The solution to this dilemma will come from artificial intelligence (AI). The inherent trade-off between exploration and efficiency is well known to AI researchers. One question that those working in AI often have to grapple with is how often an algorithm should take actions that it hasn’t tried, as against actions it has already tried that will usually lead to some reward. Untried actions can yield spectacular results. For example, when the DeepMind computer program AlphaGo beat Go world champion Lee Sedol in 2016, it did so by exploring moves most human players had never seen before. Prior to move 37 in the second match against Sedol, AlphaGo had calculated that there was a one-in-ten-thousand chance that a human player would make that same move. And the adventurous gamble paid off. Human innovation involves a similar process of exploration and, to facilitate innovation, companies must get their employees to “collide”. Before the pandemic, this was achieved through open-plan architecture that encouraged “water-cooler” moments of unplanned encounters. But, with many employees working from home, corporations will have to find different ways to facilitate these kinds of random interactions.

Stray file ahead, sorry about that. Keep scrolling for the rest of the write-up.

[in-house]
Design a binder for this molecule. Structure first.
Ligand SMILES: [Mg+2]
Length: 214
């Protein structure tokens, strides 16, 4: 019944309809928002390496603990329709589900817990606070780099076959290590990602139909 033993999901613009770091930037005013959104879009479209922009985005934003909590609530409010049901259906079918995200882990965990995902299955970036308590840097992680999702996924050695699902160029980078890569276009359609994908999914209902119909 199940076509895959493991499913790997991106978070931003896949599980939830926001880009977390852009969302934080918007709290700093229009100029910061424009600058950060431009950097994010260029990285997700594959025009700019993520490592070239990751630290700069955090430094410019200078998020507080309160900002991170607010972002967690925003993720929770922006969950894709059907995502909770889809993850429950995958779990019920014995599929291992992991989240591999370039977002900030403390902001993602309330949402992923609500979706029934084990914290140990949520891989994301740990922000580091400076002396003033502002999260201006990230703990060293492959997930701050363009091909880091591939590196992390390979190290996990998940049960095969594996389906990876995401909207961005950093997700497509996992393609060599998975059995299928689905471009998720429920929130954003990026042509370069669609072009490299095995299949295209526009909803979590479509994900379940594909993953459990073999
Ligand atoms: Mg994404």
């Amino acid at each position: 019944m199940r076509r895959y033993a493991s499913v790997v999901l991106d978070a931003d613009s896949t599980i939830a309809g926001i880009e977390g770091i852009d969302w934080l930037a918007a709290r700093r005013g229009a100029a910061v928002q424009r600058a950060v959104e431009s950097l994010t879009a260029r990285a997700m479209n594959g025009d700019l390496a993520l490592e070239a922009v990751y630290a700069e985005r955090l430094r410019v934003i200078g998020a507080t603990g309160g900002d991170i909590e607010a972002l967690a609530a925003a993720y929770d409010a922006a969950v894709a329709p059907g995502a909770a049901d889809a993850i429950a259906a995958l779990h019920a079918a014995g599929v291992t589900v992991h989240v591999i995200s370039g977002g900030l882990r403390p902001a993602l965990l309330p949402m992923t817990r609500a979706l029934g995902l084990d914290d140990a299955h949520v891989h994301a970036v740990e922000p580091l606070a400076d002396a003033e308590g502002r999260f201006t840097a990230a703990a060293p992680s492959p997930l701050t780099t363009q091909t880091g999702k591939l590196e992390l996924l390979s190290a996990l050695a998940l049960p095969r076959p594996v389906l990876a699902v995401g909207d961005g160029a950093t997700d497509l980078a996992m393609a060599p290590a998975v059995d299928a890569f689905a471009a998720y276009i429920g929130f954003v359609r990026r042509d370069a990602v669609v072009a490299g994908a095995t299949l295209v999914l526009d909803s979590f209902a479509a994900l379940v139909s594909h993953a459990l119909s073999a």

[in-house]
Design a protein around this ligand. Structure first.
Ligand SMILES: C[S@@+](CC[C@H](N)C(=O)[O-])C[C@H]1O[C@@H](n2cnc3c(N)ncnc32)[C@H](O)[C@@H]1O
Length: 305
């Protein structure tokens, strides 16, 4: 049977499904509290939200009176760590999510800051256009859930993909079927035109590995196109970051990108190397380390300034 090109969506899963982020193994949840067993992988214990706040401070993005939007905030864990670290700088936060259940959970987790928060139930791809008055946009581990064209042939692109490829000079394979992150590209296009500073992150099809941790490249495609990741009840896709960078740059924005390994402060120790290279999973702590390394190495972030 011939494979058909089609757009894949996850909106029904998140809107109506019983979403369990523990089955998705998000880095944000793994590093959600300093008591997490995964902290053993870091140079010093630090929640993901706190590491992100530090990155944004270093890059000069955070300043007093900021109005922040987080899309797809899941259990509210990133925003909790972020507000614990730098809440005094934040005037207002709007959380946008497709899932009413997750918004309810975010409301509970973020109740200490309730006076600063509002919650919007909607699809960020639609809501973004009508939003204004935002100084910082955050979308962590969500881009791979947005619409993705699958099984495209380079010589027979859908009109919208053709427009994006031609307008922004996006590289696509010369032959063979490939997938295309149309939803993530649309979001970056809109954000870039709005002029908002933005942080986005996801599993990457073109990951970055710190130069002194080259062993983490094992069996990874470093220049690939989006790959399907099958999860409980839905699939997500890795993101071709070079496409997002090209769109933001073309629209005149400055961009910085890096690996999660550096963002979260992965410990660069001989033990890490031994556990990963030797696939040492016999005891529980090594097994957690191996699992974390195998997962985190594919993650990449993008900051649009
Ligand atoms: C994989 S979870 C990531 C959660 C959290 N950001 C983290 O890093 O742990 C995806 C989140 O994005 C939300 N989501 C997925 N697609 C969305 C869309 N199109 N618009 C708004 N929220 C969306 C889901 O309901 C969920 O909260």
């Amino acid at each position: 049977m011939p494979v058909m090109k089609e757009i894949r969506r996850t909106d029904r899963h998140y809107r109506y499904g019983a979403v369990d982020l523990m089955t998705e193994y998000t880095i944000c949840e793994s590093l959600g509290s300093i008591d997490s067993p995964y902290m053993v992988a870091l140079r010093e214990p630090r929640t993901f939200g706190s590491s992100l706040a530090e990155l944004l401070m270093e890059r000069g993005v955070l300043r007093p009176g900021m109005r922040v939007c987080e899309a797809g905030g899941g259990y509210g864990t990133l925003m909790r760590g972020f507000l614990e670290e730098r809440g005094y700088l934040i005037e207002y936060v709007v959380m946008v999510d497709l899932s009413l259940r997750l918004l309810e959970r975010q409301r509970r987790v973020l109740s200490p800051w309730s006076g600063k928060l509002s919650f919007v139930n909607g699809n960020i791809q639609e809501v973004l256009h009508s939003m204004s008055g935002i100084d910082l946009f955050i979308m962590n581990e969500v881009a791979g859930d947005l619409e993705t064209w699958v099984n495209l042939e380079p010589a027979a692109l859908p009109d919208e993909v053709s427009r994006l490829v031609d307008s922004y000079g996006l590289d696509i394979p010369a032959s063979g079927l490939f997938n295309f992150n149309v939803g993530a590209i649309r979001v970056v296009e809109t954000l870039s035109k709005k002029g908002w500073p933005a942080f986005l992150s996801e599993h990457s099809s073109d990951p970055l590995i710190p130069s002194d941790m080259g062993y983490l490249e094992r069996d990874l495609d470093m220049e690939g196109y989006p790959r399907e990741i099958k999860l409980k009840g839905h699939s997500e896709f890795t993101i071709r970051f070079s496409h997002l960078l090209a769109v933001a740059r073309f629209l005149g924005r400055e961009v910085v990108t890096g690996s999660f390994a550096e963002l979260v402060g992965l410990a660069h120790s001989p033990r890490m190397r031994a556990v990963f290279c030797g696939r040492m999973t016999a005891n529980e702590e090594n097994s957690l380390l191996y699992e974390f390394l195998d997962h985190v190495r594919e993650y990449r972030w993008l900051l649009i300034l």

Effective capacity management is not the only benefit of data monitoring, however. While cloud providers typically have strong security protocols, agencies and organizations must remain vigilant for cyberattacks. Data monitoring software provides an effective means to spot problems and mitigate issues before they can affect or damage the network and limit operations. When it comes to data, agencies and organizations must be able to “properly protect their data whether it is on-prem, in the cloud, or in transit,” Grunewald explained. While the path to the cloud has become more clear, Grunewald cautions that there must be an ordered approach to migrating software. That process can be roughly divided into six steps: 1) assessment, 2) prioritization, 3) roadmap, 4) optimization, 5) build, and 6) migration. From start to finish, the entire process is designed to encourage frank conversations about what material and processes are worth the transition and how to best utilize the available resources. There are incredible gains to be made by transitioning to the cloud.